Originally Posted by jukes View Post

.... His point is that using the adjective "retina" implies that the pixels are indistinguishable by the retina. ...

While we are being incredibly picky and nit-picky ...

"Retina" is not an adjective and taking it as such is the source of the problem.

"Retina Display" is a single, whole, marketing term.

This is not a display that is being defined as "having the quality of retina-ness" but simply a "Retina Display" defined in the exact way that Apple defines it.

Before Apple came up with the term there was no one talking about making displays "more retina" as using retina as an adjective is meaningless and stupid. Just eliminate the tiny space between the words with your mind and all the so-called problems with the definition disappear like magic.
post #21 of 37
Quote:
Originally Posted by Hiro View Post

You are countering with a different argument. 4K does not exist to make small devices higher resolution. 4K exists to make HUGE displays (theater sized) not have HUGE individually visible pixels. Different purposes, different cost strata.

Off topic FYI: I tested a 4k video downloaded from YouTube (100.2MB for 20 seconds) on the new iPad. It would load into iTunes but not sync over. Then I tried to load it in Dropbox and then tried to stream the video but it wouldn't load.

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post #22 of 37
Quote:
Originally Posted by mstone View Post

The resolution of the new screen is nice but I think the other things mentioned are are equally significant. Accurate grayscale and color saturation are more important to me. I can't read really small text no matter how crisp it is. I used to have perfect vision. Not so much anymore.

I can see why Apple wanted to go double resolution now instead of 2013 but I wonder if these other factors were a strong focus for them or just a happy accident. I'm guessing that it was also important, while not the most important, to get the display to be visually accurate so that it can get more traction in medical imagining and other fields were accurate photo reproductions are important.

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post #23 of 37
Quote:
Originally Posted by SolipsismX View Post

You and Soneira are getting hung up with the word retina as if using a medical term means it can no longer be a marketing term and you have to go with what is deemed the best possible vision every recorded. Which by the way appears to be 20/8 as i found while trying to locate, unsuccessfully, the percentages of the population that have visual acuity at various levels.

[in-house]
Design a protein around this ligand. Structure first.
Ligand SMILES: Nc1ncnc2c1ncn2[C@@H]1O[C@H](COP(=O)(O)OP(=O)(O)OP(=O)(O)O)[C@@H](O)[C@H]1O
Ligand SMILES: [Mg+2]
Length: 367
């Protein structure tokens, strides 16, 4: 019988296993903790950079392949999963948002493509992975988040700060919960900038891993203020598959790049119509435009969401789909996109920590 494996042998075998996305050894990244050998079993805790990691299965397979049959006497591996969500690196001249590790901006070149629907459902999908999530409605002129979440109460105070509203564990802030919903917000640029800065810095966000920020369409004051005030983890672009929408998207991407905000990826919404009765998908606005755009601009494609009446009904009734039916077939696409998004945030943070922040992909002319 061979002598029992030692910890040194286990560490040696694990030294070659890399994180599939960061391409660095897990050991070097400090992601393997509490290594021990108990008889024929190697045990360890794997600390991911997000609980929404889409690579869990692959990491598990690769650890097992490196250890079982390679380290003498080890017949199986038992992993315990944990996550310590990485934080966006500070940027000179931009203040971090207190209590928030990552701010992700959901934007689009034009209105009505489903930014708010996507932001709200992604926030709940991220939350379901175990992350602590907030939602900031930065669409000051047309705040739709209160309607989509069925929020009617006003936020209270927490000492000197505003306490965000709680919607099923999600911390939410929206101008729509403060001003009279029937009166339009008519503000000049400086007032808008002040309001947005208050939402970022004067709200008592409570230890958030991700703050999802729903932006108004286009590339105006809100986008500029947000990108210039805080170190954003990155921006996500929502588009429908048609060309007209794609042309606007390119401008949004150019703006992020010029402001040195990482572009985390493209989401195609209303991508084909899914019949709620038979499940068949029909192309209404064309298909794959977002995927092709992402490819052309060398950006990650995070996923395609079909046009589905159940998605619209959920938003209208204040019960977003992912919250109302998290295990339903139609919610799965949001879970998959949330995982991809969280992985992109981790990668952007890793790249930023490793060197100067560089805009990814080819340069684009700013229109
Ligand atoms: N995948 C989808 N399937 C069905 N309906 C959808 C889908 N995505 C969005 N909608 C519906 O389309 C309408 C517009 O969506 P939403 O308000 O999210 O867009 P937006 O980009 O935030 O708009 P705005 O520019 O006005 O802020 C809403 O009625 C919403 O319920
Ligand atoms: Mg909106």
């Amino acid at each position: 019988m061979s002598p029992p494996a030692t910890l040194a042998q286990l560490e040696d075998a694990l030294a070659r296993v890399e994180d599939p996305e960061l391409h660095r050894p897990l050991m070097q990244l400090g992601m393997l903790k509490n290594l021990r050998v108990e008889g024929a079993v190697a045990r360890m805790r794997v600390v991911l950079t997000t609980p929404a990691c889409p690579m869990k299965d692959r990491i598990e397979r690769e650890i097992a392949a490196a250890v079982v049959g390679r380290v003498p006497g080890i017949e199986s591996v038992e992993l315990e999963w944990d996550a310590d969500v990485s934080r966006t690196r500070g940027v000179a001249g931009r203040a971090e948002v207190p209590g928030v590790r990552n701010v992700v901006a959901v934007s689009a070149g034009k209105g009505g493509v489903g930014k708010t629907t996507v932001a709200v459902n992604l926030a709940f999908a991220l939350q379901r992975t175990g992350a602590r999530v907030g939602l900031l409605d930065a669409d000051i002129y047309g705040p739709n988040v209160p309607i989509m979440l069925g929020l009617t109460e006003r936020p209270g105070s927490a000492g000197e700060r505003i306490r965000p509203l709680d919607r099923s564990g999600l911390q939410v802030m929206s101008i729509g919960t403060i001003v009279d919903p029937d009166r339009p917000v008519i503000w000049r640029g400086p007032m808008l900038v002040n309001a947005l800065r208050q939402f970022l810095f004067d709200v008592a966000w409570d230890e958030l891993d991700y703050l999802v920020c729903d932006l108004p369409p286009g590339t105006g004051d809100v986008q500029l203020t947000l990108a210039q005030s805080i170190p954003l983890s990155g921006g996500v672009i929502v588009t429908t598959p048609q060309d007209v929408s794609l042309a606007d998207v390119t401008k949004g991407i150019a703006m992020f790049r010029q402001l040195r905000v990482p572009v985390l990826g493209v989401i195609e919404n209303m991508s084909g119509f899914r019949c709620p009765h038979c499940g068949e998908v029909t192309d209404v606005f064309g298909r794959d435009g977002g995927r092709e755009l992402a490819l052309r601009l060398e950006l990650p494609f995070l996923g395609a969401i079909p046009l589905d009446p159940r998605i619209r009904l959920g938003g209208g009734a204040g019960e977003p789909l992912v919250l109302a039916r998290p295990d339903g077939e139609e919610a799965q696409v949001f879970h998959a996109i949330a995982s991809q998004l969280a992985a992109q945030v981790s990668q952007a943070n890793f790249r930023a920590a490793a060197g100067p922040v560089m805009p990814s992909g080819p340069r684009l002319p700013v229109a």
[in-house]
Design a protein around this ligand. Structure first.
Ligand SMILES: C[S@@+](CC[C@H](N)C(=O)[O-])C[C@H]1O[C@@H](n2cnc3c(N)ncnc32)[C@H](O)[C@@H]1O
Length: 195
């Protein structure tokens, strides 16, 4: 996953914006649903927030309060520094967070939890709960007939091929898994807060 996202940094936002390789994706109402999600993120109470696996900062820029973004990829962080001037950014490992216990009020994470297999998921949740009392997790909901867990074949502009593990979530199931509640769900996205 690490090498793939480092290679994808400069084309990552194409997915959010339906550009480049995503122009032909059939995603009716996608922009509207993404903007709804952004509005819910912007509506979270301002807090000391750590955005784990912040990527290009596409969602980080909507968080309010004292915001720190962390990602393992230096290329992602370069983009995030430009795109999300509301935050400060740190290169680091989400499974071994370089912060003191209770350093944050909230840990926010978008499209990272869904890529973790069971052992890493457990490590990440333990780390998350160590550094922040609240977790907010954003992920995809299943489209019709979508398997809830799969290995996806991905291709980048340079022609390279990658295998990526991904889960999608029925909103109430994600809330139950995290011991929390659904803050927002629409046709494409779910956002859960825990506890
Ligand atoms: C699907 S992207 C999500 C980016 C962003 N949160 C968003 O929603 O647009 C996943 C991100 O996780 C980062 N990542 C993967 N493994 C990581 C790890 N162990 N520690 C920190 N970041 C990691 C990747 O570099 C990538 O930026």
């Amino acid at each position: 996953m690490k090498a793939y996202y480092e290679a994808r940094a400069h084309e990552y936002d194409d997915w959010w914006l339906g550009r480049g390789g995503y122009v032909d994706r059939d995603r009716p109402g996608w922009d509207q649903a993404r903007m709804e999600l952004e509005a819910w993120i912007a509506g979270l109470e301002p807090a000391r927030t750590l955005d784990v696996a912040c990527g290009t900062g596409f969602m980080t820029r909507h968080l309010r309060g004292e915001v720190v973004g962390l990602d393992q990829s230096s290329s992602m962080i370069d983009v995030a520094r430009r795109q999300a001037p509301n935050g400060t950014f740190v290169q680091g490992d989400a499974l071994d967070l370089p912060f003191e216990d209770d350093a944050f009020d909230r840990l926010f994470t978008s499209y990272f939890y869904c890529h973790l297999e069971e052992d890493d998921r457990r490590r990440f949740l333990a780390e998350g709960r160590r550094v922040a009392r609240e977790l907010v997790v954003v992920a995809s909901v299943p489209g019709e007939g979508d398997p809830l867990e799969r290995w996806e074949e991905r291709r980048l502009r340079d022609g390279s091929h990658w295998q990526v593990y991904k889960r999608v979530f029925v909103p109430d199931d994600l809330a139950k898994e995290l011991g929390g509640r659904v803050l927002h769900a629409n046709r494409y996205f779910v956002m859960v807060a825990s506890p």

The whole notion of 20/x is based on distance of 20 ft which is not the normal reading distance for a mobile device. There is a certain point where the display is high enough resolution to satisfy the vast majority of the users, even those with excellent vision. The current iPad screen should be close to that range.

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post #24 of 37
Quote:
Originally Posted by AppleInsider View Post



The analysis discovered that the new iPad has "a virtually perfect 99 percent of the Standard Color Gamut." By comparison, the iPad 2 has just 61 percent of the gamut.

"The colors are beautiful and accurate due to very good factory calibration they are also more vibrant but not excessively so or gaudy like some existing OLED displays," he said.

The reviewer delivered his results in a very odd way here. He didn't mention his testing methods. Was it a colorimeter? spectrophotometer radiometer? Assuming the device is within spec, the tolerance levels between such devices can be massive. How is he defining "standard color gamut"? sRGB and Adobe 1998 are the most common reference points in display gamuts. Displays that approximate Adobe 1998 are often referred to as wide gamut. They're harder to control than sRGB. It's easy to end up with overly saturated colors in the ui. sRGB is closer to that of the thunderbolt display, but I think the thunderbolt display uses a hardware native color temperature rather than a D65 target.

The historic problem with LED color related to stability and once again a shift in color temperature. I don't know if that's the issue with OLED, but calling it gaudy is just massively dumbing down the explanation. I don't blame appleinsider on this one. I think it's just that the reviewer is overly simplifying his explanation, not that I was expecting a white paper on it. I just find find the look and feel explanation kind of odd on a highly technical subject, especially given that unrealistic saturation can make other things look really weird. The visual comparison doesn't take into account the exposure of the image or the real color of the flower.
post #25 of 37
Quote:
Originally Posted by I am a Zither Zather Zuzz View Post

There are likely a lot of people like you {who find the Kindle Fire to meet all their media consumption needs}.

Yep. A very tiny fraction of the market - most of whom would actually prefer the iPad, but bought the Kindle solely on the basis of price.

Quote: